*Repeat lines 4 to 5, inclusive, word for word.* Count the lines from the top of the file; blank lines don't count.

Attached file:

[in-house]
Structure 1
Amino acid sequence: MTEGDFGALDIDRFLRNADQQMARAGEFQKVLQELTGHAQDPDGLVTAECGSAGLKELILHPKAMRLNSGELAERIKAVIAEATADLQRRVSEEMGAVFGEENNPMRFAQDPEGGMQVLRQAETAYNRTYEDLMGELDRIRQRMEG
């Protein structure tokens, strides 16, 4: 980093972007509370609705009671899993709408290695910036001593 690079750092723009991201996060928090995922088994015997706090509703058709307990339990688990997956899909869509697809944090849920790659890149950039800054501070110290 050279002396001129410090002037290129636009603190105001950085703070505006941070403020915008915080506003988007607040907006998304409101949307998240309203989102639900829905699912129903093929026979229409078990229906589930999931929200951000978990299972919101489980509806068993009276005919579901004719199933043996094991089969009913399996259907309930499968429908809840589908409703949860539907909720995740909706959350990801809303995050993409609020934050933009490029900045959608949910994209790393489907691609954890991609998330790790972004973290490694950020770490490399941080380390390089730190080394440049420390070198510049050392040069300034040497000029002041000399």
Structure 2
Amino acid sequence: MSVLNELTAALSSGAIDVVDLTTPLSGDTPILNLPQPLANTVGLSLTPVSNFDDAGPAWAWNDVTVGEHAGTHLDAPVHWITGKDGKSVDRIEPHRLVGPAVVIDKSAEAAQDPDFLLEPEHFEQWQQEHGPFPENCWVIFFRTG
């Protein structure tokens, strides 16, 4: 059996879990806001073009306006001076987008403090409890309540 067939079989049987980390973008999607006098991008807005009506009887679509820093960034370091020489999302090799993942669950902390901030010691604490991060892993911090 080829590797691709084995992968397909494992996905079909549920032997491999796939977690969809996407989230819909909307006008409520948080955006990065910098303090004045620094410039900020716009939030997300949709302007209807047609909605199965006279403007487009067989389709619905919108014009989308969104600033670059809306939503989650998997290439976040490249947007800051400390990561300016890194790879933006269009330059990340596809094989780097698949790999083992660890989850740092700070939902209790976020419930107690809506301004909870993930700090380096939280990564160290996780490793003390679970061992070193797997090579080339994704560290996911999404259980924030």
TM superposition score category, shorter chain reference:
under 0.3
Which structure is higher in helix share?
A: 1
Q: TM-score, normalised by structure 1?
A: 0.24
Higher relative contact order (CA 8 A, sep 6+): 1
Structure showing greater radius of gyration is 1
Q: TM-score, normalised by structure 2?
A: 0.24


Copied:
């Protein structure tokens, strides 16, 4: 980093972007509370609705009671899993709408290695910036001593 690079750092723009991201996060928090995922088994015997706090509703058709307990339990688990997956899909869509697809944090849920790659890149950039800054501070110290 050279002396001129410090002037290129636009603190105001950085703070505006941070403020915008915080506003988007607040907006998304409101949307998240309203989102639900829905699912129903093929026979229409078990229906589930999931929200951000978990299972919101489980509806068993009276005919579901004719199933043996094991089969009913399996259907309930499968429908809840589908409703949860539907909720995740909706959350990801809303995050993409609020934050933009490029900045959608949910994209790393489907691609954890991609998330790790972004973290490694950020770490490399941080380390390089730190080394440049420390070198510049050392040069300034040497000029002041000399």
Structure 2